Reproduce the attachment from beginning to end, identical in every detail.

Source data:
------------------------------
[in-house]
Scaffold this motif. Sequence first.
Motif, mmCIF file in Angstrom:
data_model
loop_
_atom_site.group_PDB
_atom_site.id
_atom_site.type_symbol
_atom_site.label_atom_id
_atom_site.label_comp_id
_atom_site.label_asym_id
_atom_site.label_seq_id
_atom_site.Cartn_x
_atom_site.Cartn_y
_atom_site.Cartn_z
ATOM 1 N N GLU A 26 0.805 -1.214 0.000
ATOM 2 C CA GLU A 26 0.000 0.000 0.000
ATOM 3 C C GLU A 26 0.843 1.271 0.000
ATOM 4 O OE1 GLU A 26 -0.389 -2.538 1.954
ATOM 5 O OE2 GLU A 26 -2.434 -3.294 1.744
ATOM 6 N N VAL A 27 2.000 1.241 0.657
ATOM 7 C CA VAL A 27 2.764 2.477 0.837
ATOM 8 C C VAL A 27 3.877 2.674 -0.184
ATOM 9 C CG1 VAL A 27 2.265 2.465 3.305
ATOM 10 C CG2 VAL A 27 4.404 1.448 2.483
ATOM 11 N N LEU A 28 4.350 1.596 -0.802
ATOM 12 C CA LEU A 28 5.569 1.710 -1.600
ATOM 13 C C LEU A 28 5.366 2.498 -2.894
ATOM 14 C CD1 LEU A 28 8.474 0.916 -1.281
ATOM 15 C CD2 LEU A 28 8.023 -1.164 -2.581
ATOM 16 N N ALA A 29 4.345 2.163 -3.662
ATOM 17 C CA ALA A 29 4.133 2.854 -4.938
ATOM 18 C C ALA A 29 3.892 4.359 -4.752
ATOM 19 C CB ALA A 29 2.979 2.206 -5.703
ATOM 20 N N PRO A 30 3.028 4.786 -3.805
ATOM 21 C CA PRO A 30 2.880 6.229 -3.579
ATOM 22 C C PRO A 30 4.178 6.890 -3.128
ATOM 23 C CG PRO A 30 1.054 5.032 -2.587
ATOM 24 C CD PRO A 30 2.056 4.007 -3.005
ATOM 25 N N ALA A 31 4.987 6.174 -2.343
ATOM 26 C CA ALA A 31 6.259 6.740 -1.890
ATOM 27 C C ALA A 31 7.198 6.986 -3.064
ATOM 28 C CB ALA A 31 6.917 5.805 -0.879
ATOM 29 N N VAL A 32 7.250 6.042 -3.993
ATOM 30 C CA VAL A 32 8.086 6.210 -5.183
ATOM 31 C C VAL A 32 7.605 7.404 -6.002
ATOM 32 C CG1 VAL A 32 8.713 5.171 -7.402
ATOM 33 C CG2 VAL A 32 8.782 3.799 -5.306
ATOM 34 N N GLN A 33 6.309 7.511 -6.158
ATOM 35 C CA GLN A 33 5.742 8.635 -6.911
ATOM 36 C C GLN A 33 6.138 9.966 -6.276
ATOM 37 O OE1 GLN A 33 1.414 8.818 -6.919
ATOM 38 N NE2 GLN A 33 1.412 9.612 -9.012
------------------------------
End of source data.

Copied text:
[in-house]
Scaffold this motif. Sequence first.
Motif, mmCIF file in Angstrom:
data_model
loop_
_atom_site.group_PDB
_atom_site.id
_atom_site.type_symbol
_atom_site.label_atom_id
_atom_site.label_comp_id
_atom_site.label_asym_id
_atom_site.label_seq_id
_atom_site.Cartn_x
_atom_site.Cartn_y
_atom_site.Cartn_z
ATOM 1 N N GLU A 26 0.805 -1.214 0.000
ATOM 2 C CA GLU A 26 0.000 0.000 0.000
ATOM 3 C C GLU A 26 0.843 1.271 0.000
ATOM 4 O OE1 GLU A 26 -0.389 -2.538 1.954
ATOM 5 O OE2 GLU A 26 -2.434 -3.294 1.744
ATOM 6 N N VAL A 27 2.000 1.241 0.657
ATOM 7 C CA VAL A 27 2.764 2.477 0.837
ATOM 8 C C VAL A 27 3.877 2.674 -0.184
ATOM 9 C CG1 VAL A 27 2.265 2.465 3.305
ATOM 10 C CG2 VAL A 27 4.404 1.448 2.483
ATOM 11 N N LEU A 28 4.350 1.596 -0.802
ATOM 12 C CA LEU A 28 5.569 1.710 -1.600
ATOM 13 C C LEU A 28 5.366 2.498 -2.894
ATOM 14 C CD1 LEU A 28 8.474 0.916 -1.281
ATOM 15 C CD2 LEU A 28 8.023 -1.164 -2.581
ATOM 16 N N ALA A 29 4.345 2.163 -3.662
ATOM 17 C CA ALA A 29 4.133 2.854 -4.938
ATOM 18 C C ALA A 29 3.892 4.359 -4.752
ATOM 19 C CB ALA A 29 2.979 2.206 -5.703
ATOM 20 N N PRO A 30 3.028 4.786 -3.805
ATOM 21 C CA PRO A 30 2.880 6.229 -3.579
ATOM 22 C C PRO A 30 4.178 6.890 -3.128
ATOM 23 C CG PRO A 30 1.054 5.032 -2.587
ATOM 24 C CD PRO A 30 2.056 4.007 -3.005
ATOM 25 N N ALA A 31 4.987 6.174 -2.343
ATOM 26 C CA ALA A 31 6.259 6.740 -1.890
ATOM 27 C C ALA A 31 7.198 6.986 -3.064
ATOM 28 C CB ALA A 31 6.917 5.805 -0.879
ATOM 29 N N VAL A 32 7.250 6.042 -3.993
ATOM 30 C CA VAL A 32 8.086 6.210 -5.183
ATOM 31 C C VAL A 32 7.605 7.404 -6.002
ATOM 32 C CG1 VAL A 32 8.713 5.171 -7.402
ATOM 33 C CG2 VAL A 32 8.782 3.799 -5.306
ATOM 34 N N GLN A 33 6.309 7.511 -6.158
ATOM 35 C CA GLN A 33 5.742 8.635 -6.911
ATOM 36 C C GLN A 33 6.138 9.966 -6.276
ATOM 37 O OE1 GLN A 33 1.414 8.818 -6.919
ATOM 38 N NE2 GLN A 33 1.412 9.612 -9.012